While stopping by the National Football Post this morning I spotted a headline that said "Jags drop two." I immediately thought – "Jacksonville must have cut Troy Williamson."
It turns out they hadn't. But the headline got me thinking more about Williamson, the seventh overall pick in 2005 draft and the guy who was going to replace Randy Moss. Here is what a Florida Times-Union story had to say about the offseason Williamson is having with the Jaguars on Wednesday.
Jaguars WR Troy Williamson is doing well this offseason, especially at the recent OTA workout. "Troy's done well," coach Jack Del Rio said. "He's done a nice job of competing." If Williamson keeps making plays, he can put himself in the mix for a WR job at a position that became more competitive when the Jaguars signed free agent Torry Holt and drafted three rookie wide receivers. The Jaguars obtained Williamson, the seventh player chosen in the 2005 draft by Minnesota, in a trade last year for a sixth-round pick. Noted for his speed, Williamson caught only 79 passes in three years with the Vikings and gained a reputation for dropping passes. Williamson was hampered by thigh and groin injuries in his first year with the Jaguars. He appeared in only eight games, started two and caught only five passes, although he had a 69-yard play called back by penalty. "I think the key is for Troy to keep himself healthy so that he can have a chance to display his skill and his athleticism. He should be able to get some things done if he can stay on the football field for us," Del Rio said.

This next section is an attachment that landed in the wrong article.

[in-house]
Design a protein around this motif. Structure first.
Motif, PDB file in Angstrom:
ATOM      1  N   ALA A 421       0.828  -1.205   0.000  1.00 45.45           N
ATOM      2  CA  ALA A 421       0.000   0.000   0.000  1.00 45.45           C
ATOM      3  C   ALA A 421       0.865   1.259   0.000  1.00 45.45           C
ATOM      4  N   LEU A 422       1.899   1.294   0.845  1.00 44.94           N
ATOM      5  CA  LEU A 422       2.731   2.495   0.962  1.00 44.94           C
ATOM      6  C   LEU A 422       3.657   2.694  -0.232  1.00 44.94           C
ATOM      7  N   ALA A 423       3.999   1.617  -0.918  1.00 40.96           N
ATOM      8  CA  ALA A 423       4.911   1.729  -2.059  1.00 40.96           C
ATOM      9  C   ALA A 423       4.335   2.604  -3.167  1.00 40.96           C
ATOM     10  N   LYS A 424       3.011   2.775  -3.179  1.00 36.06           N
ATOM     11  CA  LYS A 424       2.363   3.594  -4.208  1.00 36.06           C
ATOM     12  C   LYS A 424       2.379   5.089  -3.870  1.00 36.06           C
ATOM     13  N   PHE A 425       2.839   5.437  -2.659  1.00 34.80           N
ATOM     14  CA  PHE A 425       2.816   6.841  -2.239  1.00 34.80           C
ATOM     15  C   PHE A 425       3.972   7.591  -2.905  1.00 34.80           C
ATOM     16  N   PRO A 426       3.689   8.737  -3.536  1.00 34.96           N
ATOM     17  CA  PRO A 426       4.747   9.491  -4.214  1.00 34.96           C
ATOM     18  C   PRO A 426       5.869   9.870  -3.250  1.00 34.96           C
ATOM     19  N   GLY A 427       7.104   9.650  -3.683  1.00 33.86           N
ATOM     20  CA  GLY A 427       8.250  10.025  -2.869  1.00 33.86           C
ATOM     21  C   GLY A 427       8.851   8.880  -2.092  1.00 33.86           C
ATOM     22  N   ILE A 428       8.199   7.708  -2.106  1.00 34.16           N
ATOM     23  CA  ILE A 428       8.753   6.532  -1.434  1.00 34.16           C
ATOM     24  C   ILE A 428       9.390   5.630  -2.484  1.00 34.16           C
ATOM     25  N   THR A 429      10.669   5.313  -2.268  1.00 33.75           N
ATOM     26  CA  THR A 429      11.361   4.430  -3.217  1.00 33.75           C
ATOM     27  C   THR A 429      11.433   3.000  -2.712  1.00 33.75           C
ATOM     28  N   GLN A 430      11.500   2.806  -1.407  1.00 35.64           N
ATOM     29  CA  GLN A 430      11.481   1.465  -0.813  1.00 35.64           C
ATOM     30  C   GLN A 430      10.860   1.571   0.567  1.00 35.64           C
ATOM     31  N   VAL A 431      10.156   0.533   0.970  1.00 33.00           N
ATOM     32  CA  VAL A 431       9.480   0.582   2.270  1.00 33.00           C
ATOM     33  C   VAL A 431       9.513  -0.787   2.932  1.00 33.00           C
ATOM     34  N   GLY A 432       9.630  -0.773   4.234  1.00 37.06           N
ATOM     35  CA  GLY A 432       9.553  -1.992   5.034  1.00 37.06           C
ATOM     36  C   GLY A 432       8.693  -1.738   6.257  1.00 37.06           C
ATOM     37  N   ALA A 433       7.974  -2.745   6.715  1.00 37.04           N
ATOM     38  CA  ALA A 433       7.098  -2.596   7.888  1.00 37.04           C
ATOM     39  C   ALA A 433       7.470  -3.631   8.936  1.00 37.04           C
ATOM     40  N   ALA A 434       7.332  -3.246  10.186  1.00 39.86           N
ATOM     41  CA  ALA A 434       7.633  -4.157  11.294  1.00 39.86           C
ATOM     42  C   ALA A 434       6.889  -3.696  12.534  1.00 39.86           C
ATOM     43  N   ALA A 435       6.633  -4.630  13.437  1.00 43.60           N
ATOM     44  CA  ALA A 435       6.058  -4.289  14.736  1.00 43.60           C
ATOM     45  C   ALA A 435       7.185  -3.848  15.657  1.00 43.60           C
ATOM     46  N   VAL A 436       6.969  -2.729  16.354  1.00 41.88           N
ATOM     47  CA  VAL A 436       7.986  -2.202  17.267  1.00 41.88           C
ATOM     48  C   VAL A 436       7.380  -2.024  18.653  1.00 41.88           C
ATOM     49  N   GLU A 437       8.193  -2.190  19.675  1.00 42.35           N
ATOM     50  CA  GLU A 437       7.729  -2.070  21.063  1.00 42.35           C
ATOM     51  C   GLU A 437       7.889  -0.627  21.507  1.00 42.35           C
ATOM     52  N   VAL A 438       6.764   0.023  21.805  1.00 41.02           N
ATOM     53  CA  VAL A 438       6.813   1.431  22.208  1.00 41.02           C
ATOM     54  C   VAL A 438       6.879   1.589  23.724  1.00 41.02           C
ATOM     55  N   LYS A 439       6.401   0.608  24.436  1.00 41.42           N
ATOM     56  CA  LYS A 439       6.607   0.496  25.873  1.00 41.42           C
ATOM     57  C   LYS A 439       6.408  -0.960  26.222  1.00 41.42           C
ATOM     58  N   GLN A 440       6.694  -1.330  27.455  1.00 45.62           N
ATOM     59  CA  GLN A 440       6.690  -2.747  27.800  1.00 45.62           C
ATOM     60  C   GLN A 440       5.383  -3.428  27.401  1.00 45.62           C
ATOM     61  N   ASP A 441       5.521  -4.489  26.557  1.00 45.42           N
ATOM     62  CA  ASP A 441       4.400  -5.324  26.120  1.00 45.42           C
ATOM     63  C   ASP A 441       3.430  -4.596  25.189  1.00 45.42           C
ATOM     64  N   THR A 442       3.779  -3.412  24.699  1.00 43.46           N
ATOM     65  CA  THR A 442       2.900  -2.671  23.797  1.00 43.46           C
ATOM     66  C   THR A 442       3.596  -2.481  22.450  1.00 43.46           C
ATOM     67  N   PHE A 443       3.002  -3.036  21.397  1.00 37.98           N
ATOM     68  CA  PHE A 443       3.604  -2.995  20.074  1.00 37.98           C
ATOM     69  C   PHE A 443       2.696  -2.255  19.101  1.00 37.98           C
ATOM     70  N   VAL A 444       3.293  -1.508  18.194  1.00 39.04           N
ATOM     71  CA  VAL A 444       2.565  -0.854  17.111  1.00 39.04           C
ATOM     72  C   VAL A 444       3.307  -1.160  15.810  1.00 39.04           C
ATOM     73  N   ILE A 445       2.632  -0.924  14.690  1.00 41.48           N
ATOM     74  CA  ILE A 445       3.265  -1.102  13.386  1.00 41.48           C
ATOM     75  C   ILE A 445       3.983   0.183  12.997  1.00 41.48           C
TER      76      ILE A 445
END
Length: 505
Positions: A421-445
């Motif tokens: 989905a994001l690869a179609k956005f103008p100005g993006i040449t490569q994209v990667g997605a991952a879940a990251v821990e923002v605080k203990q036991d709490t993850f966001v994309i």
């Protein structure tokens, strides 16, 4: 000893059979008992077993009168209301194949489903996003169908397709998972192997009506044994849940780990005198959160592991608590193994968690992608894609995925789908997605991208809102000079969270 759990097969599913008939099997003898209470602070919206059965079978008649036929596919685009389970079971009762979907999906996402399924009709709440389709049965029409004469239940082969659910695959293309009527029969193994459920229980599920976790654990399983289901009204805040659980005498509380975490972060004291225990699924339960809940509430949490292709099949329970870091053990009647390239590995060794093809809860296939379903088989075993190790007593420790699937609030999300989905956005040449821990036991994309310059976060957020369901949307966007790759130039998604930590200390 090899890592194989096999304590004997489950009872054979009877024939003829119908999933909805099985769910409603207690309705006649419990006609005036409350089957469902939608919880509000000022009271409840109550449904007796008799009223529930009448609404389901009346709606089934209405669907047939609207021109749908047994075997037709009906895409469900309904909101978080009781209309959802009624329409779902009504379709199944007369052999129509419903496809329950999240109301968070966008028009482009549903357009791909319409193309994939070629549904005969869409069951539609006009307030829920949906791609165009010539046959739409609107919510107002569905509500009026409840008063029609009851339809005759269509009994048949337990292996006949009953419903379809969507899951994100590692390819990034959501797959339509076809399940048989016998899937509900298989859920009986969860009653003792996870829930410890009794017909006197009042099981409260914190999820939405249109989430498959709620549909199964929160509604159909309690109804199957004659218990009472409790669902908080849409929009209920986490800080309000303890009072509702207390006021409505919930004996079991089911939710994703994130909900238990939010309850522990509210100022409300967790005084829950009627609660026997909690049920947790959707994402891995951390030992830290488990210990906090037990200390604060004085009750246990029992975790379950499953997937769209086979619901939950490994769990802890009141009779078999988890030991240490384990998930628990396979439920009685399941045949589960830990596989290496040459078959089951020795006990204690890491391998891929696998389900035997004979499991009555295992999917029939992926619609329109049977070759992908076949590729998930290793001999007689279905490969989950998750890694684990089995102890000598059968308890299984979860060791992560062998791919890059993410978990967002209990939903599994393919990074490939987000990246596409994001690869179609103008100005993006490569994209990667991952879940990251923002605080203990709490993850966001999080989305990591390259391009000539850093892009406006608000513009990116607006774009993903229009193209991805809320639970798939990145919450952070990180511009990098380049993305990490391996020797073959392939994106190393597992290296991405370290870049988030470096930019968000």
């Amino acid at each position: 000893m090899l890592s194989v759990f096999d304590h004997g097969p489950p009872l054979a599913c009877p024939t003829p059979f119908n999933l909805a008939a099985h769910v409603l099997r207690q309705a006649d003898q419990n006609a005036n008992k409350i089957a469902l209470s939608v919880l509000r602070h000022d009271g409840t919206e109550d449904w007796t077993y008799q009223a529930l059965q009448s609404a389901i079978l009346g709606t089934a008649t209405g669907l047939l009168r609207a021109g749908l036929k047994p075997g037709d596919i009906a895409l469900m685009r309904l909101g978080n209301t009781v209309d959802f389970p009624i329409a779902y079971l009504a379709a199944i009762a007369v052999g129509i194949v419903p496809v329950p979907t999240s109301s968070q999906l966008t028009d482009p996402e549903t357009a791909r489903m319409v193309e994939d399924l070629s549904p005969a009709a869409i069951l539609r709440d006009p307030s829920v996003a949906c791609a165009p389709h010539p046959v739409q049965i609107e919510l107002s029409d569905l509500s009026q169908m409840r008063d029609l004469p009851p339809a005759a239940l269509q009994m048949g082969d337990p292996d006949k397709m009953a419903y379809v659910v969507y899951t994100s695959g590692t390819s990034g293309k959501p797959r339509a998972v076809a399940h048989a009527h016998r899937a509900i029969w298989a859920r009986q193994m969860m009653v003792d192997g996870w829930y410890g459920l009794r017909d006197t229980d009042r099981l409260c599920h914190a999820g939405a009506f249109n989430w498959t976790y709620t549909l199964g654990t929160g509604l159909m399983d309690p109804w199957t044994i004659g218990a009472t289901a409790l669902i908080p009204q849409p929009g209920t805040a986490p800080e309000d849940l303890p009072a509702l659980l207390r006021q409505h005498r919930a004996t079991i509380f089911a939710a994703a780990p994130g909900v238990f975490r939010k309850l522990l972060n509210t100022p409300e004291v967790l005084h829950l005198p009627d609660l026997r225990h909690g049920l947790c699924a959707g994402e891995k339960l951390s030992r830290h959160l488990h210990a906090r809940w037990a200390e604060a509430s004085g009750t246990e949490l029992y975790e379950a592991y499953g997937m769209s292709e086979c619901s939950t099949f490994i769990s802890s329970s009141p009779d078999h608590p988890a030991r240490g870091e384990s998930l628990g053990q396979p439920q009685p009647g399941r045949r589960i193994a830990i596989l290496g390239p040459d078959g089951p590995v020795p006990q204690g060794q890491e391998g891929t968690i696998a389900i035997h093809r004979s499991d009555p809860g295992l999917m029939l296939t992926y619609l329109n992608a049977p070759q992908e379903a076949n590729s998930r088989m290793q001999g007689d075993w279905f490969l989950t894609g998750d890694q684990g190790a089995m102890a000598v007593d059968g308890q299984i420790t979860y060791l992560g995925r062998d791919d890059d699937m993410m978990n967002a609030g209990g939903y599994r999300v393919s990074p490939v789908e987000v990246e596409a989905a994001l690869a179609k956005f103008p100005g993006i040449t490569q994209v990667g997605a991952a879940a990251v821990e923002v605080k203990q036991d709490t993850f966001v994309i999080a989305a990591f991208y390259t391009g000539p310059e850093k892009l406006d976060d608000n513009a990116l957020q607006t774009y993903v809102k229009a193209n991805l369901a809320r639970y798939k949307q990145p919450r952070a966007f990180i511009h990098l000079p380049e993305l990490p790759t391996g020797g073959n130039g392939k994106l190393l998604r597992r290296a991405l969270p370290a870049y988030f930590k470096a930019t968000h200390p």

This all sounds very familiar. During the 2007 offseason, Williamson also appeared to be doing "well." He had sought out a Nike vision specialist to correct some sort of eyesight problem, he was catching 1,000 balls a day or whatever the number was, he was about to turn the corner. Then during the 2008 offseason, after being traded to Jacksonville, Williamson was also doing "well." He was with a new team, working hard and was away from Brad Childress, a coach he'd grown to despise.
But in the past three seasons Troy Williamson has gone from 37 catches (a career high), to 18 catches, to just five catches. He just turned 26, so anything is possible, but he appears to be a guy already on the downside of his career. This could be his last chance to save that NFL career.
Whatever happens this season in Jacksonville, Williamson will go down, along with players like Dimitrius Underwood and D.J. Dozier – as one of the Vikings greatest draft busts.
In general, the Vikings have done pretty well with their number one picks over the past two decades. But when they whiff, they whiff big.
And with a hat tip to the Daily Norseman, check out this very funny fake story on the Vikings quarterback situation. Great stuff.